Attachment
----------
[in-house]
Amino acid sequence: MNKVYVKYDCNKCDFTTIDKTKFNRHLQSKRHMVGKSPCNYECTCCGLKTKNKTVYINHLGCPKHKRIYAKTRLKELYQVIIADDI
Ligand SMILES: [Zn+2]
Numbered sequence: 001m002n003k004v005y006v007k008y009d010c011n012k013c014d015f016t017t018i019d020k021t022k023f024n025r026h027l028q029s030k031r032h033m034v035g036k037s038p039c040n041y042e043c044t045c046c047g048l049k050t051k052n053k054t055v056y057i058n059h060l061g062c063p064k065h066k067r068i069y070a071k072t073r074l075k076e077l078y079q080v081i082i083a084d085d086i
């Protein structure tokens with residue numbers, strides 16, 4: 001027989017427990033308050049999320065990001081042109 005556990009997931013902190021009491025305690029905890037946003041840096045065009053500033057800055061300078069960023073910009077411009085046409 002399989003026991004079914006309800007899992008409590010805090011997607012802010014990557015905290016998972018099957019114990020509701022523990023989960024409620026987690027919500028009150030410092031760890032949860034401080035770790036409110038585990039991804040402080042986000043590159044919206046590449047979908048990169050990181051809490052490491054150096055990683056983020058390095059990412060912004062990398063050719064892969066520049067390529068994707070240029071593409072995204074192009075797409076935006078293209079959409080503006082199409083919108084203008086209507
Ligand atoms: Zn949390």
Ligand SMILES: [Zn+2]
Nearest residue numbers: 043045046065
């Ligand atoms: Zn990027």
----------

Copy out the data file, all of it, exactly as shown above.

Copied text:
[in-house]
Amino acid sequence: MNKVYVKYDCNKCDFTTIDKTKFNRHLQSKRHMVGKSPCNYECTCCGLKTKNKTVYINHLGCPKHKRIYAKTRLKELYQVIIADDI
Ligand SMILES: [Zn+2]
Numbered sequence: 001m002n003k004v005y006v007k008y009d010c011n012k013c014d015f016t017t018i019d020k021t022k023f024n025r026h027l028q029s030k031r032h033m034v035g036k037s038p039c040n041y042e043c044t045c046c047g048l049k050t051k052n053k054t055v056y057i058n059h060l061g062c063p064k065h066k067r068i069y070a071k072t073r074l075k076e077l078y079q080v081i082i083a084d085d086i
């Protein structure tokens with residue numbers, strides 16, 4: 001027989017427990033308050049999320065990001081042109 005556990009997931013902190021009491025305690029905890037946003041840096045065009053500033057800055061300078069960023073910009077411009085046409 002399989003026991004079914006309800007899992008409590010805090011997607012802010014990557015905290016998972018099957019114990020509701022523990023989960024409620026987690027919500028009150030410092031760890032949860034401080035770790036409110038585990039991804040402080042986000043590159044919206046590449047979908048990169050990181051809490052490491054150096055990683056983020058390095059990412060912004062990398063050719064892969066520049067390529068994707070240029071593409072995204074192009075797409076935006078293209079959409080503006082199409083919108084203008086209507
Ligand atoms: Zn949390």
Ligand SMILES: [Zn+2]
Nearest residue numbers: 043045046065
């Ligand atoms: Zn990027």